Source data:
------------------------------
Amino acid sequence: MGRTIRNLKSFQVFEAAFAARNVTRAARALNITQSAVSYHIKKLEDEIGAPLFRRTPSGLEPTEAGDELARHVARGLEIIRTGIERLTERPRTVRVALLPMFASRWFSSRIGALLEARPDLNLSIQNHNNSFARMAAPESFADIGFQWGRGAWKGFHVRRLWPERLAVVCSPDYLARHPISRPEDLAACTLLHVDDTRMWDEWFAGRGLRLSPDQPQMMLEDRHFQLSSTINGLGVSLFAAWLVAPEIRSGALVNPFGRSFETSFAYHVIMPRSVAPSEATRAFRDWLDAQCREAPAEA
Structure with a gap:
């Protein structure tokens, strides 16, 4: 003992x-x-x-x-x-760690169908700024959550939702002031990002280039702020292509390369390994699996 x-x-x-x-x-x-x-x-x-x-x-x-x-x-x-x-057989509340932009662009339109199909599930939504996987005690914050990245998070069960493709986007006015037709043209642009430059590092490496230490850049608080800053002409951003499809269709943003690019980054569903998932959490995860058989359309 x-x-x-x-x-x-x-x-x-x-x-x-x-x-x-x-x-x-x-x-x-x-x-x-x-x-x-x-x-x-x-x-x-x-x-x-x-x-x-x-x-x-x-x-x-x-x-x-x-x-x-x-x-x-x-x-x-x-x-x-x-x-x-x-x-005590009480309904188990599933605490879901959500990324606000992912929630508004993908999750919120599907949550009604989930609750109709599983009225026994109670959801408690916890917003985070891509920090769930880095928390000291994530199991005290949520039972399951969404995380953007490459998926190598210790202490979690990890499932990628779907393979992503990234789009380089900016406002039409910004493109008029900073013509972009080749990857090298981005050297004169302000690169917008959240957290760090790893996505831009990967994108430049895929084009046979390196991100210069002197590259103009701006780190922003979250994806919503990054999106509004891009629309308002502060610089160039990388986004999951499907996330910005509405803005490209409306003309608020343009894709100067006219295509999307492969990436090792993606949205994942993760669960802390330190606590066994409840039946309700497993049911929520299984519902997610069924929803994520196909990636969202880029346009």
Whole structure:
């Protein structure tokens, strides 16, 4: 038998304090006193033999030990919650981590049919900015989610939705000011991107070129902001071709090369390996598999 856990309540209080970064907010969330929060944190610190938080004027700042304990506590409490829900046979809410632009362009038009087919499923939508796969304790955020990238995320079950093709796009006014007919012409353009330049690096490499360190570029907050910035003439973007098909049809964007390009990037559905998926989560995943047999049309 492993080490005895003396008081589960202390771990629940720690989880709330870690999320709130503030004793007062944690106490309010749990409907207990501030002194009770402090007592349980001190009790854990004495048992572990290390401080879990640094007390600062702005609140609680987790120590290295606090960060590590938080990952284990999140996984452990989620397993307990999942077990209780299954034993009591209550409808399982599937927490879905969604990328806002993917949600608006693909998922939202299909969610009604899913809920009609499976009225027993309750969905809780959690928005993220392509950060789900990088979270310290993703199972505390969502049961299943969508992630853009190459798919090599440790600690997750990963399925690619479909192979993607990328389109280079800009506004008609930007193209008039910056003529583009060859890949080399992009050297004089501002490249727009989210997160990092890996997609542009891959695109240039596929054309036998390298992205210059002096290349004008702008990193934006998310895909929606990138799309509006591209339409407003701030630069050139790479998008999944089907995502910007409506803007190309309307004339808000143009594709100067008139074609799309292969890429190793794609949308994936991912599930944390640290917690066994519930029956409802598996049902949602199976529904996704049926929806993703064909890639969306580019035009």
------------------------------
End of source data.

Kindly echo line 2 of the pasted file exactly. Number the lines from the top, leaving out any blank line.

Structure with a gap: